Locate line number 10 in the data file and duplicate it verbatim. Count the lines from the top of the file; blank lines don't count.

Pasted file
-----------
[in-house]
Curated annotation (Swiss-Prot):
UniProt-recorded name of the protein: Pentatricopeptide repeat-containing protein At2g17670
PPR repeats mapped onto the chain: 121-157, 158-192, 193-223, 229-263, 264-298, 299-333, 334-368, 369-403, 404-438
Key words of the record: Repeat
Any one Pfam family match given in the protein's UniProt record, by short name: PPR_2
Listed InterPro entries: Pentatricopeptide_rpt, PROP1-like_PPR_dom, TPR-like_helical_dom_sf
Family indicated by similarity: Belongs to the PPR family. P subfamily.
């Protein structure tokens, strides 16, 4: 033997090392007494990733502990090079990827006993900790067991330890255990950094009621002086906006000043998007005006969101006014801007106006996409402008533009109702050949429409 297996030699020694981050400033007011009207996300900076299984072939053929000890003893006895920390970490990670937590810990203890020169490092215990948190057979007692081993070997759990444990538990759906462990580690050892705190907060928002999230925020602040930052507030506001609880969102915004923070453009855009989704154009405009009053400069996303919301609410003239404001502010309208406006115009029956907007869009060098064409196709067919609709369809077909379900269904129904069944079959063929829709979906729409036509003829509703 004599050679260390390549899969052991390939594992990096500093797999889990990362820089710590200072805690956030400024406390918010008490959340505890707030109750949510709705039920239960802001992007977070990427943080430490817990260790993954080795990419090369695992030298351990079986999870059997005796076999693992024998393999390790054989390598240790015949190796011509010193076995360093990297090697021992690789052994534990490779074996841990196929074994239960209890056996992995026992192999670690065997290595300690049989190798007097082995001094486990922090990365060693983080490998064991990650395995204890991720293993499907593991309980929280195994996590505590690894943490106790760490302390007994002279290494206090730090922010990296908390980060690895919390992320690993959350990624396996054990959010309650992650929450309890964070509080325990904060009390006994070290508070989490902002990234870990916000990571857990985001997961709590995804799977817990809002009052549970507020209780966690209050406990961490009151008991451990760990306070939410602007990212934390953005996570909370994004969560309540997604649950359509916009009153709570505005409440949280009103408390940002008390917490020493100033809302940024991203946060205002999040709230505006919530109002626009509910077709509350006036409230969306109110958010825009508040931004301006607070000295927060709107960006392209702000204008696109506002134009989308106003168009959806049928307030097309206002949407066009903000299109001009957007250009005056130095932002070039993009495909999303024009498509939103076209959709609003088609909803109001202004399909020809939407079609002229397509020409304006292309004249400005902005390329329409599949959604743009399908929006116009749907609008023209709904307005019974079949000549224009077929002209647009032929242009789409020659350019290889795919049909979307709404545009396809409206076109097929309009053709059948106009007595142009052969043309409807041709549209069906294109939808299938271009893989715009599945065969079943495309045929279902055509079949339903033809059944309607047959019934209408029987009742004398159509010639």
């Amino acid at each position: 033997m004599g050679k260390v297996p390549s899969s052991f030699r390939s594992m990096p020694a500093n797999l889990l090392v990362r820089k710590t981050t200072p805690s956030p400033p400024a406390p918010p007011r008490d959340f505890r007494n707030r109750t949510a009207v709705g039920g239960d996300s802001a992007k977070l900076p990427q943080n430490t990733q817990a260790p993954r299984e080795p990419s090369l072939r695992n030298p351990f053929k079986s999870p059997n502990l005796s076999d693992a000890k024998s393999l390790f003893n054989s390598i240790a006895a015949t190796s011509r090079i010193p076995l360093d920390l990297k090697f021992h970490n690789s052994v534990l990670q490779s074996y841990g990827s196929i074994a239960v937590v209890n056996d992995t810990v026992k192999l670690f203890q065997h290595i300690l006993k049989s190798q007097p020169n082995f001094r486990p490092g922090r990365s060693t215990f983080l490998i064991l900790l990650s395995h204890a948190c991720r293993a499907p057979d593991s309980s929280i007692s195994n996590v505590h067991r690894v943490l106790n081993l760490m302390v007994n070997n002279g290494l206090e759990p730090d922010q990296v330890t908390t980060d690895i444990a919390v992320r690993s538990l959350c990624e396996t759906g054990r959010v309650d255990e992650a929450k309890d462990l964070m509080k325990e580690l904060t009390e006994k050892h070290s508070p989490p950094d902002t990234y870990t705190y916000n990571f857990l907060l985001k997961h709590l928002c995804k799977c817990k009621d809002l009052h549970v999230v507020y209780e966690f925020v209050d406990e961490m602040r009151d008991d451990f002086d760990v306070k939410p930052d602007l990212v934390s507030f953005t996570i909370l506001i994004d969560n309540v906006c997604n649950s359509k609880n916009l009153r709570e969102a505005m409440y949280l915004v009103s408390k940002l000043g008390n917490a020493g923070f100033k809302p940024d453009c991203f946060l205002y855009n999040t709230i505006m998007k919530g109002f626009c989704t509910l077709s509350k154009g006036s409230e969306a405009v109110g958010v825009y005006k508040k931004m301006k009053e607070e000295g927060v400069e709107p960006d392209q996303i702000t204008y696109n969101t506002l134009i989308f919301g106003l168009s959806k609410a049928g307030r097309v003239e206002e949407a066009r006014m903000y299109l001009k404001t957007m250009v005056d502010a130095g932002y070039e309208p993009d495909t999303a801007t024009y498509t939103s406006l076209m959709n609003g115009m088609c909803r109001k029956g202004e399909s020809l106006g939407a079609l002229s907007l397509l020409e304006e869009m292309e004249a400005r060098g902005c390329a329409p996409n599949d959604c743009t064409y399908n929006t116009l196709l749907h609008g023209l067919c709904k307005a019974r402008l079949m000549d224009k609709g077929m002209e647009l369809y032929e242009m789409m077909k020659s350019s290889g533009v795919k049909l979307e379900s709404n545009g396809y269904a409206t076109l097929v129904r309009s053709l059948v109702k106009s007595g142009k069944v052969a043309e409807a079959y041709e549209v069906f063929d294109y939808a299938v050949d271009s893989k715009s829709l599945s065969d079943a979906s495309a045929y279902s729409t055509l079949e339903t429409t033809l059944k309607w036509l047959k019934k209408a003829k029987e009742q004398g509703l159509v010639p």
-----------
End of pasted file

């Amino acid at each position: 033997m004599g050679k260390v297996p390549s899969s052991f030699r390939s594992m990096p020694a500093n797999l889990l090392v990362r820089k710590t981050t200072p805690s956030p400033p400024a406390p918010p007011r008490d959340f505890r007494n707030r109750t949510a009207v709705g039920g239960d996300s802001a992007k977070l900076p990427q943080n430490t990733q817990a260790p993954r299984e080795p990419s090369l072939r695992n030298p351990f053929k079986s999870p059997n502990l005796s076999d693992a000890k024998s393999l390790f003893n054989s390598i240790a006895a015949t190796s011509r090079i010193p076995l360093d920390l990297k090697f021992h970490n690789s052994v534990l990670q490779s074996y841990g990827s196929i074994a239960v937590v209890n056996d992995t810990v026992k192999l670690f203890q065997h290595i300690l006993k049989s190798q007097p020169n082995f001094r486990p490092g922090r990365s060693t215990f983080l490998i064991l900790l990650s395995h204890a948190c991720r293993a499907p057979d593991s309980s929280i007692s195994n996590v505590h067991r690894v943490l106790n081993l760490m302390v007994n070997n002279g290494l206090e759990p730090d922010q990296v330890t908390t980060d690895i444990a919390v992320r690993s538990l959350c990624e396996t759906g054990r959010v309650d255990e992650a929450k309890d462990l964070m509080k325990e580690l904060t009390e006994k050892h070290s508070p989490p950094d902002t990234y870990t705190y916000n990571f857990l907060l985001k997961h709590l928002c995804k799977c817990k009621d809002l009052h549970v999230v507020y209780e966690f925020v209050d406990e961490m602040r009151d008991d451990f002086d760990v306070k939410p930052d602007l990212v934390s507030f953005t996570i909370l506001i994004d969560n309540v906006c997604n649950s359509k609880n916009l009153r709570e969102a505005m409440y949280l915004v009103s408390k940002l000043g008390n917490a020493g923070f100033k809302p940024d453009c991203f946060l205002y855009n999040t709230i505006m998007k919530g109002f626009c989704t509910l077709s509350k154009g006036s409230e969306a405009v109110g958010v825009y005006k508040k931004m301006k009053e607070e000295g927060v400069e709107p960006d392209q996303i702000t204008y696109n969101t506002l134009i989308f919301g106003l168009s959806k609410a049928g307030r097309v003239e206002e949407a066009r006014m903000y299109l001009k404001t957007m250009v005056d502010a130095g932002y070039e309208p993009d495909t999303a801007t024009y498509t939103s406006l076209m959709n609003g115009m088609c909803r109001k029956g202004e399909s020809l106006g939407a079609l002229s907007l397509l020409e304006e869009m292309e004249a400005r060098g902005c390329a329409p996409n599949d959604c743009t064409y399908n929006t116009l196709l749907h609008g023209l067919c709904k307005a019974r402008l079949m000549d224009k609709g077929m002209e647009l369809y032929e242009m789409m077909k020659s350019s290889g533009v795919k049909l979307e379900s709404n545009g396809y269904a409206t076109l097929v129904r309009s053709l059948v109702k106009s007595g142009k069944v052969a043309e409807a079959y041709e549209v069906f063929d294109y939808a299938v050949d271009s893989k715009s829709l599945s065969d079943a979906s495309a045929y279902s729409t055509l079949e339903t429409t033809l059944k309607w036509l047959k019934k209408a003829k029987e009742q004398g509703l159509v010639p």